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Will Germans be able to understand Polish enough?


GefreiterKania 36 | 1,397
24 Jun 2023 #61
The Pole the blond hero and the German the dark Mongol?

Well, those were small details. I meant the overall message.

a common history book of our both peoples would met difficulties... :)

:D

Yeah - imagine Kaczynski and Chrupalla sitting down to write a chapter or two!
Ironside 53 | 12,424
24 Jun 2023 #62
@Bratwurst Boy
Seems like Germans have this preconception that Poles are dark haired for some reason.
Bratwurst Boy 12 | 11,831
24 Jun 2023 #63
.....na ja....there is this "Siegfried" - Gold.....with his blond curls whereas his adversary Hagen von Tronje (the much more interesting character of the two) was written as dark and broody....so....

It seems rather a european thing to do to make the "heroes" blond....not only a german thing....most Germans are brunettes, I believe...
Ironside 53 | 12,424
24 Jun 2023 #64
@Bratwurst Boy
Could be, I wonder when it started?
Bratwurst Boy 12 | 11,831
24 Jun 2023 #65
.....good question.....you know, as new research shows the Ur-Europeans (out of Africa) got the blue eyes and lighter skin/hair only quite recently, an evolutionary means to survive alot better in this colder and less sunny region.

So....just maybe....someone being more fair was more attractive to the girls back then and more sought to father their children because of better chances of survival???

Another theory is about the colors....like fair hair, eyes, skin and white clothes just stands for the "good", "clearness", the "light"...and dark means "night", mysterious, dangerous, murky...
Ironside 53 | 12,424
24 Jun 2023 #66
@Bratwurst Boy
I was thinking Roman heĺl, under ground, or Indo-European sky father battling dark gods underbelly or Aruman
Lyzko 45 | 9,420
25 Jun 2023 #68
Mark Twain quipped that a German sentence is frequently sooooo long, it practically has a perspective, requiring a telescope to get from end to the otherLOL

He may well be right. Ck. out the opening paragraphs of Kleist's "The Marquise of O" to glimpse the longest sentence in the German language; makes complete sense, yet for nearly an entire paragraph, is separated solely by commas!!!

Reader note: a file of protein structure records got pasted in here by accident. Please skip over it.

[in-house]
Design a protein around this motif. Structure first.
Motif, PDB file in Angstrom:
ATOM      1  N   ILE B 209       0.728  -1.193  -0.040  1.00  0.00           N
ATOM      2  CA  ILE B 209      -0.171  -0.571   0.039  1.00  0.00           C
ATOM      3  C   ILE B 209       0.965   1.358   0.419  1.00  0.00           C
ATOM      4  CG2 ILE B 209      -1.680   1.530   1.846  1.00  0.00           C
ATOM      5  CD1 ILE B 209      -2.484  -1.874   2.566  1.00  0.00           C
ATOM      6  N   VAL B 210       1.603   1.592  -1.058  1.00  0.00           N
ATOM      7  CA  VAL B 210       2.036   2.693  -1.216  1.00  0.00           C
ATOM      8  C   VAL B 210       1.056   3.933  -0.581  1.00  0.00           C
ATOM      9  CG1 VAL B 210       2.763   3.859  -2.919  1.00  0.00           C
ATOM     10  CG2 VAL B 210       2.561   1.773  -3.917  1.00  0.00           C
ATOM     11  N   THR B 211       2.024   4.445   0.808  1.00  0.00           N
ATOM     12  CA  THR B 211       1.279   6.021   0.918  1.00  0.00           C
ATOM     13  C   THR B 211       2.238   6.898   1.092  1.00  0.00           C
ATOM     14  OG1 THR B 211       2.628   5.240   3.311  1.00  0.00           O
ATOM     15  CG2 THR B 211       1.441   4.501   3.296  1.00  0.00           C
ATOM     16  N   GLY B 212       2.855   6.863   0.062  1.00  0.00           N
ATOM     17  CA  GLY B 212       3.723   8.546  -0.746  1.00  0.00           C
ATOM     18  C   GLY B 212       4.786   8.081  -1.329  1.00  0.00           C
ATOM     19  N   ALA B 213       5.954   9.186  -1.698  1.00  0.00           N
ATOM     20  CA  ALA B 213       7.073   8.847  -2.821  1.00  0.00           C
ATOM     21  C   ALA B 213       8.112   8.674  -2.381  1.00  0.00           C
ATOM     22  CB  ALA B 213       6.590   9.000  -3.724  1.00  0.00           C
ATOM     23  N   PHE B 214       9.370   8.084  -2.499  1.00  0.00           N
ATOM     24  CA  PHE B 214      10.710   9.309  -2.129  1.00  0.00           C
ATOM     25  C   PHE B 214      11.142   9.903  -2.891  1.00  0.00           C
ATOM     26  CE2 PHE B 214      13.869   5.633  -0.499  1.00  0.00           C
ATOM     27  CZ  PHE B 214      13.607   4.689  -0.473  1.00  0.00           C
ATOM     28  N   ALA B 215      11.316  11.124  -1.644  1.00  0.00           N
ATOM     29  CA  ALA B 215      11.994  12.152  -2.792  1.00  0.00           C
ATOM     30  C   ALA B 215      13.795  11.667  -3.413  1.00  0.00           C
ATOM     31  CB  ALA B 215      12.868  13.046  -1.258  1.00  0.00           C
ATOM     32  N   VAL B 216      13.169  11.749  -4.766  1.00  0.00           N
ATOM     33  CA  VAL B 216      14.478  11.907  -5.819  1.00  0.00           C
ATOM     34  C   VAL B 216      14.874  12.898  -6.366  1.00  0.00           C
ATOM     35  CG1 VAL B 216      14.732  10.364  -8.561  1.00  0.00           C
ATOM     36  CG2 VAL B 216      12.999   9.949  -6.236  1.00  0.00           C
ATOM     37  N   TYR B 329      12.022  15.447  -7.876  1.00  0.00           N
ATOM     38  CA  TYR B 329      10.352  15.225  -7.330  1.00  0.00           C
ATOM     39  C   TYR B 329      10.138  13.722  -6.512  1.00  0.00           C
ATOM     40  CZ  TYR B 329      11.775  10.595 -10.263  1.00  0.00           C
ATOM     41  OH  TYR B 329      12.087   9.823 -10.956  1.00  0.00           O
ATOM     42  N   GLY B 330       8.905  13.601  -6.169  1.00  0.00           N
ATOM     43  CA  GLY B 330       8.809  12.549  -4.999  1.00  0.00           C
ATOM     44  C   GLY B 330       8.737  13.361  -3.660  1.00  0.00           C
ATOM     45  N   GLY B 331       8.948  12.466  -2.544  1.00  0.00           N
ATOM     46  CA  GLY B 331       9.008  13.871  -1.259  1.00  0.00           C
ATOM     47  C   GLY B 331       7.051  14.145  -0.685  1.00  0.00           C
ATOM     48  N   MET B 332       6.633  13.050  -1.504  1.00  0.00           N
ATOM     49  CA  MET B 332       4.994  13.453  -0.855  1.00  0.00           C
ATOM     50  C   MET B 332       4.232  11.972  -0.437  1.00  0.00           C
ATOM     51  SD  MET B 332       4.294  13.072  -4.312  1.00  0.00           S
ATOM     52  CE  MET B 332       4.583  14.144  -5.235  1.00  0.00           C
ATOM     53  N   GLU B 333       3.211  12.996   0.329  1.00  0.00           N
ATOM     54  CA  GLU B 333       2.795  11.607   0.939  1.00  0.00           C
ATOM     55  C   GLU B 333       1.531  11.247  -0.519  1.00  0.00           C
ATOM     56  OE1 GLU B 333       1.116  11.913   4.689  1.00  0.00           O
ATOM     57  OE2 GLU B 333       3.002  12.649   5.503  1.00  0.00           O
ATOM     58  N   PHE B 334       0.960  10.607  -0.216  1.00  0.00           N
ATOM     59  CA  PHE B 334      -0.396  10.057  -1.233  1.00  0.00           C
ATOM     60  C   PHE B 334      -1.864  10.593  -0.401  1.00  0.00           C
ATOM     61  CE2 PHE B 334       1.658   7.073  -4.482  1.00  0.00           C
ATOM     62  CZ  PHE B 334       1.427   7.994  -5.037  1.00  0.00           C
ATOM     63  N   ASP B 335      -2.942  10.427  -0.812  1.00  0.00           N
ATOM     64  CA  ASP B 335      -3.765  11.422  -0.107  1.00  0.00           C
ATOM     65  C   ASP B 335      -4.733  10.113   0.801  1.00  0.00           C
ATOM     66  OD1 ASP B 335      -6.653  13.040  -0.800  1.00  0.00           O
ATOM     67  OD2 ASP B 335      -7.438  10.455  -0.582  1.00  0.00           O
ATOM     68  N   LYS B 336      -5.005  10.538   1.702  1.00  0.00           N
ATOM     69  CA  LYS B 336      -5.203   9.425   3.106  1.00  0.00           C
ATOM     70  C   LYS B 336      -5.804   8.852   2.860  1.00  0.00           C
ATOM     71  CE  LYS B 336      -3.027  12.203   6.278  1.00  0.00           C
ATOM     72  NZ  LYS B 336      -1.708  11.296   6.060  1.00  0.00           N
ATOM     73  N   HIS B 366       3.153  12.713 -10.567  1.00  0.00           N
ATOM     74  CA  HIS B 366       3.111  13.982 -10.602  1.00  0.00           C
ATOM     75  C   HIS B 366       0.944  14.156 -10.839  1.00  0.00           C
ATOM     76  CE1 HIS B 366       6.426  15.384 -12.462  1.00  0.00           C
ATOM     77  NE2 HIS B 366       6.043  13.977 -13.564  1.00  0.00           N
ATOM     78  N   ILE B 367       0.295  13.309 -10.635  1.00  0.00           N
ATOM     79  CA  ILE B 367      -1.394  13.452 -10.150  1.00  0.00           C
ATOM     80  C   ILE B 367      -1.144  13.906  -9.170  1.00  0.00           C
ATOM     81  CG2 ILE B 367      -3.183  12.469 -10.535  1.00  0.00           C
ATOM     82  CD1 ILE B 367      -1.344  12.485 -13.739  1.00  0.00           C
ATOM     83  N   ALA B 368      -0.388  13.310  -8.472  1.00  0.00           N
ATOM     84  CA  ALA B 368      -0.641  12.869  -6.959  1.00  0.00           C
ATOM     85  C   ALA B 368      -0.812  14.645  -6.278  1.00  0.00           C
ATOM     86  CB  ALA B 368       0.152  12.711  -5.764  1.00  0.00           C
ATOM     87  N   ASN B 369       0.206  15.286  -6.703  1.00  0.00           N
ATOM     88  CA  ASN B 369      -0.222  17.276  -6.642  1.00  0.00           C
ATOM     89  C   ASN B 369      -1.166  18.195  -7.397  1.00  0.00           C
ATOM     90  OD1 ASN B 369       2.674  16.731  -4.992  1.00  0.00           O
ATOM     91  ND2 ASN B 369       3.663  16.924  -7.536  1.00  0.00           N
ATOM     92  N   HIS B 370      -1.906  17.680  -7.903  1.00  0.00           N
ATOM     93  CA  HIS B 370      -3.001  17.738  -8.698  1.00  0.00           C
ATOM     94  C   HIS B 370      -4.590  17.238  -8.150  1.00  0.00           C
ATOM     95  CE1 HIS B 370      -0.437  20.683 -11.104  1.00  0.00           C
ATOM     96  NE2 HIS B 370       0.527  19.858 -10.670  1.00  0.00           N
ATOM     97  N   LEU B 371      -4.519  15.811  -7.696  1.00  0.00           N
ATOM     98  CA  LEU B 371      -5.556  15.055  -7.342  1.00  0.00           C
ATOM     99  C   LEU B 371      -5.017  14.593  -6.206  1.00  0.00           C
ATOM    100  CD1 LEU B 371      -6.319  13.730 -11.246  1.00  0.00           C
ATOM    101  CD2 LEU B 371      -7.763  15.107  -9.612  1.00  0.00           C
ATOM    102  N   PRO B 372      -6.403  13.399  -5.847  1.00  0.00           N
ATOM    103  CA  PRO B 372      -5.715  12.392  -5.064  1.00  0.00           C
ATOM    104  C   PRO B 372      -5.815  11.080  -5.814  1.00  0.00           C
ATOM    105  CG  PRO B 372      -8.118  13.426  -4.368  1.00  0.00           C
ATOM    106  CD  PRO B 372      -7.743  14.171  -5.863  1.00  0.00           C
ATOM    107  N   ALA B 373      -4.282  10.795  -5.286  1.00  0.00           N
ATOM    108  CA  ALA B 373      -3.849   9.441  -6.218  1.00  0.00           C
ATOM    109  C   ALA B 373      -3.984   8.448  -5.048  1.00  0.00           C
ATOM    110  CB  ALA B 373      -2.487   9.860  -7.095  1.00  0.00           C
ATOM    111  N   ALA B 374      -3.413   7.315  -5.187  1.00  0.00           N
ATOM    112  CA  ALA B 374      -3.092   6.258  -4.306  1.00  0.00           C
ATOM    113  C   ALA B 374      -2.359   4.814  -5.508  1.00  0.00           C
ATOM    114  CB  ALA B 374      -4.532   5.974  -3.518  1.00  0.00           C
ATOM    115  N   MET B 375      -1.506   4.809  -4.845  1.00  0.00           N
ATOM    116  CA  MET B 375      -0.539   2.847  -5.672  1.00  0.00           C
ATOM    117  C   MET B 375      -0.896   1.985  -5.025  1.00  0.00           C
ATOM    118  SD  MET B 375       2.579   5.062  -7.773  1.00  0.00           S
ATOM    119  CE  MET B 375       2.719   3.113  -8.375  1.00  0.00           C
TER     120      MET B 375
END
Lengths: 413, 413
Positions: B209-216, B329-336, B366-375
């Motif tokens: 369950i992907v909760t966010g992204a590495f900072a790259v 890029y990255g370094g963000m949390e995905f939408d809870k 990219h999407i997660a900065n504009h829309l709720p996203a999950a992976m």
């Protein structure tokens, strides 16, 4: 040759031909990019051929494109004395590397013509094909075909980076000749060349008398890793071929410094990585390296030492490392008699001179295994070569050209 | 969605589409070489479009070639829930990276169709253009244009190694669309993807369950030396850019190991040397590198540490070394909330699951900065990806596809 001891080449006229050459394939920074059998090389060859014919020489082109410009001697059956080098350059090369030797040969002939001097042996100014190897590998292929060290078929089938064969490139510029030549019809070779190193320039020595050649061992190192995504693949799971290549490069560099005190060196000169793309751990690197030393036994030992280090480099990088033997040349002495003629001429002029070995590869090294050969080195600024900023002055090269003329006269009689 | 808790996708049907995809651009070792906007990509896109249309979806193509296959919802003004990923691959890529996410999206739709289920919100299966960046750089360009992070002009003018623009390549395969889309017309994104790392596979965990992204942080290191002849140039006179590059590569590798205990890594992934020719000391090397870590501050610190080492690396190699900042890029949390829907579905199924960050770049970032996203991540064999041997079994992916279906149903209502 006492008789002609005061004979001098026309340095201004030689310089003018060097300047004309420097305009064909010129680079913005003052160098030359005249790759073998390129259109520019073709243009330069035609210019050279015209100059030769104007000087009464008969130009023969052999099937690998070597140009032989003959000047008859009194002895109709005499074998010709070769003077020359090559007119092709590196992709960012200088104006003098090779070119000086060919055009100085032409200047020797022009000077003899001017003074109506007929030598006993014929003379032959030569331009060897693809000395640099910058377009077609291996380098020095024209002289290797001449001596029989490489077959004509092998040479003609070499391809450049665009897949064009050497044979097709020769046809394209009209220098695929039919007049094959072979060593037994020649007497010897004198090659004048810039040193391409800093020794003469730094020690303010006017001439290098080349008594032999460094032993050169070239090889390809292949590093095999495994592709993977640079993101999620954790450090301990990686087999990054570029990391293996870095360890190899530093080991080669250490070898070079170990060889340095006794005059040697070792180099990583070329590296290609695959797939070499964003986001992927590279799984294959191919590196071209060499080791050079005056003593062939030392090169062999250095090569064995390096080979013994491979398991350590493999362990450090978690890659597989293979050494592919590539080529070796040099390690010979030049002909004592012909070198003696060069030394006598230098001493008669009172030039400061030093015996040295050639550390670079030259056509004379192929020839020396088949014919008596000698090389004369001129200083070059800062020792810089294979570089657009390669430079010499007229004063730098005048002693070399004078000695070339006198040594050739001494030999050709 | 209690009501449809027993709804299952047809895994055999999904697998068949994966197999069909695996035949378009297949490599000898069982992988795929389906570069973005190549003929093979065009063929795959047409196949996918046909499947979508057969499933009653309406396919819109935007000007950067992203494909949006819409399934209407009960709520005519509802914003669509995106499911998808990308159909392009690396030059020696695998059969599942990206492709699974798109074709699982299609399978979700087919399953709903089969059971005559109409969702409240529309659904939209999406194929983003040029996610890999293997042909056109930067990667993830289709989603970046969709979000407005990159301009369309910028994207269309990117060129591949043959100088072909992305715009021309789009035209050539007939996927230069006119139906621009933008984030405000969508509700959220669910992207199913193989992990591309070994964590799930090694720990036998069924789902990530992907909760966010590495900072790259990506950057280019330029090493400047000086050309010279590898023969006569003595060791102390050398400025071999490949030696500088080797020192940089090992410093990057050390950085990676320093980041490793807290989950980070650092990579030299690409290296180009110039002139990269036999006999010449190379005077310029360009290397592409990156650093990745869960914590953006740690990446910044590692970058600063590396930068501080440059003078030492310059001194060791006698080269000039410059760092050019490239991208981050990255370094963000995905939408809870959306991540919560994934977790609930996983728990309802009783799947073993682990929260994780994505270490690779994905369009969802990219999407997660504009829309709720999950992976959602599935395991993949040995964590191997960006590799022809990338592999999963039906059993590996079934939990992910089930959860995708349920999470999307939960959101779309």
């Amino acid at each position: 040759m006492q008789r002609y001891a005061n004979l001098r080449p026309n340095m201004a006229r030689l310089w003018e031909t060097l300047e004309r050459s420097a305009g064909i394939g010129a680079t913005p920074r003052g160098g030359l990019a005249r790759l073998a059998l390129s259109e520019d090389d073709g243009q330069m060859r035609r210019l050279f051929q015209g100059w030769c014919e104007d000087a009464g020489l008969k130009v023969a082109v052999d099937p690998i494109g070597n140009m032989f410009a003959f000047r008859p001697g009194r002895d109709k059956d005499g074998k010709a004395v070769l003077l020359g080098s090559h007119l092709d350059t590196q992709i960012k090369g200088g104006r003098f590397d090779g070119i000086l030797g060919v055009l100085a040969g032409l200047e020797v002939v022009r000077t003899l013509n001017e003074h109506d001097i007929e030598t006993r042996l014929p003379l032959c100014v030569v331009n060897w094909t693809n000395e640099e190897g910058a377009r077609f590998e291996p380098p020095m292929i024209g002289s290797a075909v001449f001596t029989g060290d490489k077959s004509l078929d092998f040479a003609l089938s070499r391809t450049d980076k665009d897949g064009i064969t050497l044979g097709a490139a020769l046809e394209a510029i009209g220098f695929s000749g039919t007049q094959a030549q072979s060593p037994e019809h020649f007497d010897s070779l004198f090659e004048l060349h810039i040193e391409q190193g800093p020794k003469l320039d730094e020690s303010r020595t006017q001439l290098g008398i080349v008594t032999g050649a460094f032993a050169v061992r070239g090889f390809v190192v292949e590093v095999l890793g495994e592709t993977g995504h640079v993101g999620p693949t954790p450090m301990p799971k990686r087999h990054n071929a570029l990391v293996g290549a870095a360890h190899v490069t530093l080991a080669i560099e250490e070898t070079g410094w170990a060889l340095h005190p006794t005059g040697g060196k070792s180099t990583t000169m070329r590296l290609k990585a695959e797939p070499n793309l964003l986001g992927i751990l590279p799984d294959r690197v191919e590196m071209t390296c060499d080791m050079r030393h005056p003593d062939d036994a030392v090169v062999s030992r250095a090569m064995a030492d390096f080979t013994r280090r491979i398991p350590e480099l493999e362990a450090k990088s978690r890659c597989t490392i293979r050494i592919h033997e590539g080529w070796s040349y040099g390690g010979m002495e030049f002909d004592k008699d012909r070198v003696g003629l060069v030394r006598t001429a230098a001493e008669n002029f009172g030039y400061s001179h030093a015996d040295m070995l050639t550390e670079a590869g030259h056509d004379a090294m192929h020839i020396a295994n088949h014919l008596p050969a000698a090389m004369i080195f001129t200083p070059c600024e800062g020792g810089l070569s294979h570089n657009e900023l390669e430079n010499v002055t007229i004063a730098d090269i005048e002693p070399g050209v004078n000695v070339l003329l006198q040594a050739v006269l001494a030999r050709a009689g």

Bratwurst Boy 12 | 11,831
25 Jun 2023 #69
Okay.....so our both languages seem to have two special features

Polish - to few vowels
German - to long words

Guys and gals.....it could be so much worse....long words without vowels! :)
Ironside 53 | 12,424
25 Jun 2023 #70
That would be great language for Lyzko.
Lyzko 45 | 9,420
26 Jun 2023 #71
A "logical" compromise though would never be possible! We must simply accept the Tower of Babel which is our present world. Esperanto, Volapuek, computer languages have all royally failed as THE single lingua franca, and of course English is often a disaster as in the analogy I provided in my earlier post.
pawian 223 | 24,390
22 Jul 2023 #72
And we all (or almost all) learnt German at school as the third language.

In my primary school times, there were more teachers of German than of English. That is why I learnt German at a state school while English at after school courses. Amasing.
Alien 20 | 4,979
22 Jul 2023 #73
more teachers of German than of English.

It's interesting because in Katowice, where I grew up, teaching German was informally forbidden. There was only one high school with the German language. Later, however, it was possible to attend evening courses.
pawian 223 | 24,390
22 Jul 2023 #74
It's interesting because in Katowice

Amasing. Teaching German Ex German partition zone was a sensitive matter to polish communists, then. Similarly, keeping old German cemeteries in good shape was also dubious. .
Ironside 53 | 12,424
31 Jul 2023 #75
nah, you could learn it all right anywhere, there was Russian, English, German and French in School in that order.

youtu.be/hzTXz6NmHhA

For my relative that fought in Verdun for Kayzer. :D
pawian 223 | 24,390
31 Jul 2023 #76
you could learn it all right anywhere, there was Russian, English, German and French in School in that order.

One French teacher per 200 schools. One English teacher per 100 schools. and so on. Russian teachers were everywhere and German in 50%. In my primary school we had Russian and German. In my high school Russian, German and English.There was only one teacher of English and two of German.

Judging by your poor participation in historical threads, I am better than you at history. Kneel down when you talk to an expert. hahahahaha
Lyzko 45 | 9,420
31 Jul 2023 #77
I know of several Germans who studied Polish at university and apparently were able to use it professionally. Both currently work at Polish companies:-)


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